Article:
As we approach the 2016 elections, the Uganda Police Force (UPF) is going to face a rough time in the media and court of public opinion.
Ironically, it is some sections of the UPF that are courting their own troubles. Take the case of FDC’s Zainab Fatuma Naigaga, who was violently arrested by a posse of police officers along Masaka-Mbarara road as she escorted Dr Kizza Besigye to a rally in Rukungiri that had been deemed illegal.
There has been public anger regarding the manner of her arrest that left her undressed and humiliated. UPF, on the other hand, insists Naigaga exposed herself and may even be charged in court.
Some people, whom I know, that do not support NRM party, have also expressed the view that she undressed. It is important to point this out because for some Ugandans, the actions of police are seen as NRM’s.
What is clear about Naigaga’s arrest is that she was firmly held by four burly policewomen, each gripping a limb, and led to a police pickup truck. At some point, she was dragged onto the tarmac as well. Despite her energetic wriggling to break free, the officers held on.
In the process, her trousers came off, exposing her underwear, and this prompted a traffic officer, the fifth officer in the melee, to attempt pulling them up. Later in a TV news interview, Naigaga claimed she was fed up and consequently defiantly threw off her blouse because she thought the officers were determined to undress her.
What would have happened if the officers had just left her alone? Was there any risk had they just looked on as she made a nuisance of herself – if that is what she was doing? And this is where the police unit in charge of monitoring opposition politicians gets it wrong.
Besigye’s convoy was stopped near Masaka when officers on a police patrol threw metallic tyre spikes onto the road, causing multiple accidents when the cars bumped into each other.
What training have these officers received? They were not chasing after highway robbers! The group included presidential aspirant Kizza Besigye and members of parliament. All are actually entitled to VIP protection.
I sought opinion from a couple of lawyers on what channels of recourse would be available for Naigaga. The first lawyer advised that she could sue the attorney general, the individual officers involved in molesting her and those who commanded and supervised the humiliating arrest.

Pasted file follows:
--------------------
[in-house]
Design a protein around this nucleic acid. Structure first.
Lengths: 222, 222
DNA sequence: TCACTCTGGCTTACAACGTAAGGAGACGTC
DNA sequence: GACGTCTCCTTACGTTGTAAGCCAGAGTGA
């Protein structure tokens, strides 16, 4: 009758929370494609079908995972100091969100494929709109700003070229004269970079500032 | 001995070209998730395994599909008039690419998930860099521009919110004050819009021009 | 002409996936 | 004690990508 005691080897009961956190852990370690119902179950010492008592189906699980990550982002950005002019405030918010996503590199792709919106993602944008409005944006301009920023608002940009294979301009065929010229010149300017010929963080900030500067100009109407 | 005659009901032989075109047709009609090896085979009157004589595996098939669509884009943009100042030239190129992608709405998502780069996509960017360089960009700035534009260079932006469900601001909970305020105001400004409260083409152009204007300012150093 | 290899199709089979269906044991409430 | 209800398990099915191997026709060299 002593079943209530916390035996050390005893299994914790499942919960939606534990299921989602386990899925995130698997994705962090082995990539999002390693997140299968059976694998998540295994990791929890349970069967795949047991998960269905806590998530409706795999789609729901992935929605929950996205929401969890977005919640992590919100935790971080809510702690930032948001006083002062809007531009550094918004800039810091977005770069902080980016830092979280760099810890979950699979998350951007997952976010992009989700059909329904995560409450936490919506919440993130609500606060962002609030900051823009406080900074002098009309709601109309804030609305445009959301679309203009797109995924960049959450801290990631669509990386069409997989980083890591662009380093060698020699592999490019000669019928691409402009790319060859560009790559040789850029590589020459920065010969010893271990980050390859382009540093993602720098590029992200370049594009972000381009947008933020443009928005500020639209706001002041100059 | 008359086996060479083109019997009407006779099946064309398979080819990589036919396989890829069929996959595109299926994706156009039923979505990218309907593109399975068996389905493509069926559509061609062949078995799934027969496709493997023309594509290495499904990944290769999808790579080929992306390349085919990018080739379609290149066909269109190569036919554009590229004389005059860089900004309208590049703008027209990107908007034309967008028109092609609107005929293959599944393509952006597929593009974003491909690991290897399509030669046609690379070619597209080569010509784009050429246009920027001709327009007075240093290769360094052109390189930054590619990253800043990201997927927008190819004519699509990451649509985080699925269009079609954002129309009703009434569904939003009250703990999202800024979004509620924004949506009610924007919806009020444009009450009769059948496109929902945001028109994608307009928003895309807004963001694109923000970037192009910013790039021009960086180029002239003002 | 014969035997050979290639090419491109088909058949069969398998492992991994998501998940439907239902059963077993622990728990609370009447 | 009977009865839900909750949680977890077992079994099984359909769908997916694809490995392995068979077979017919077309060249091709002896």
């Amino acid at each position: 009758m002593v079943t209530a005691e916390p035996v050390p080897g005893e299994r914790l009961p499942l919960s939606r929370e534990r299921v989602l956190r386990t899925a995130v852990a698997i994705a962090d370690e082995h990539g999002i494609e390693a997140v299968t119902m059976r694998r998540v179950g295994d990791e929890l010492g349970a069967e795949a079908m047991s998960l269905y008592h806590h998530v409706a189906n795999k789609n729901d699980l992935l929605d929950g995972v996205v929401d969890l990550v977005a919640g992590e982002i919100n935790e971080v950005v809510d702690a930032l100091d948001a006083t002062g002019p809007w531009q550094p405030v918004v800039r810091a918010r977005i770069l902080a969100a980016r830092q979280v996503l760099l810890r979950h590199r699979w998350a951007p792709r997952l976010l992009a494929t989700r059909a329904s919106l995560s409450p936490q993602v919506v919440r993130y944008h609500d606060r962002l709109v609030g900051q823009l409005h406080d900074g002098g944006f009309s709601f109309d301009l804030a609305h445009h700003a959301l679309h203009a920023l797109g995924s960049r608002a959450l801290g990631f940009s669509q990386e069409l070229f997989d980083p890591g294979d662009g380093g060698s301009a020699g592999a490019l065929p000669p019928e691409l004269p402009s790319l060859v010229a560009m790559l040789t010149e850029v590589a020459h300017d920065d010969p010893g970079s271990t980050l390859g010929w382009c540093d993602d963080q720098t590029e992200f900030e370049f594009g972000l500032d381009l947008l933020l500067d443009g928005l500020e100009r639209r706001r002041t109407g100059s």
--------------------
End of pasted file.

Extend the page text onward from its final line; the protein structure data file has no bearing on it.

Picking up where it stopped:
Lawyer number two, Dr Busingye Kabumba, believes that: “It is important for the police to scrupulously comply with the law when making arrests or restraining persons suspected to have committed any offences. In particular, they should exercise only such force as is necessary to effect arrests, in line with Section 2 of the Criminal Procedure Code Act, read together with Article 24 of the Constitution, which prohibits inhumane and degrading treatment or punishment.”
I also enquired from two Ugandan British policemen – one retired and the other still in practice – on how they go about arresting protestors with minimum violence and no humiliation. The retired officer says an officer must understand the law he is working under and the consequences of abuse. He must fully appreciate the civil liberties of citizens; failure to do so will make both him and the service liable to prosecution leading to even personal financial loss.
In his opinion, the Ugandan police is not service-oriented; it is ‘enforce’-oriented, perhaps that’s why they still call it a police force. A service-oriented police has a strong visible customer service culture; its service is community-influenced and will, therefore, resist behaviour that would seek to destroy this complex relationship.
Ugandan police officers do not use handcuffs because they are trained to act in packs; they are not empowered as individuals to take action on their own. Therefore, a simple arrest turns violent because their attack instincts kick in! They are not trained to negotiate or take full control by quoting the law and convincing the offender that the best available option is a simple arrest.
British police officers are trained in life-saving techniques and the various causes of serious bodily harm so that an officer fully appreciates why suspects must be handled with utmost care to avoid both organ and tissue damage. The FDC woman could have suffered serious spinal injury.
The serving British police officer told me that: “Arresting anyone is an act of law; I use the power given to me by the constitution. Defiance is a sign of disrespect. Regardless of the volume of your body, a small man like me can easily arrest you by authoritatively asking you to do what I want!”
The problem with the UPF is that no one is listening!
The author is one of the founding Kigo Thinkers.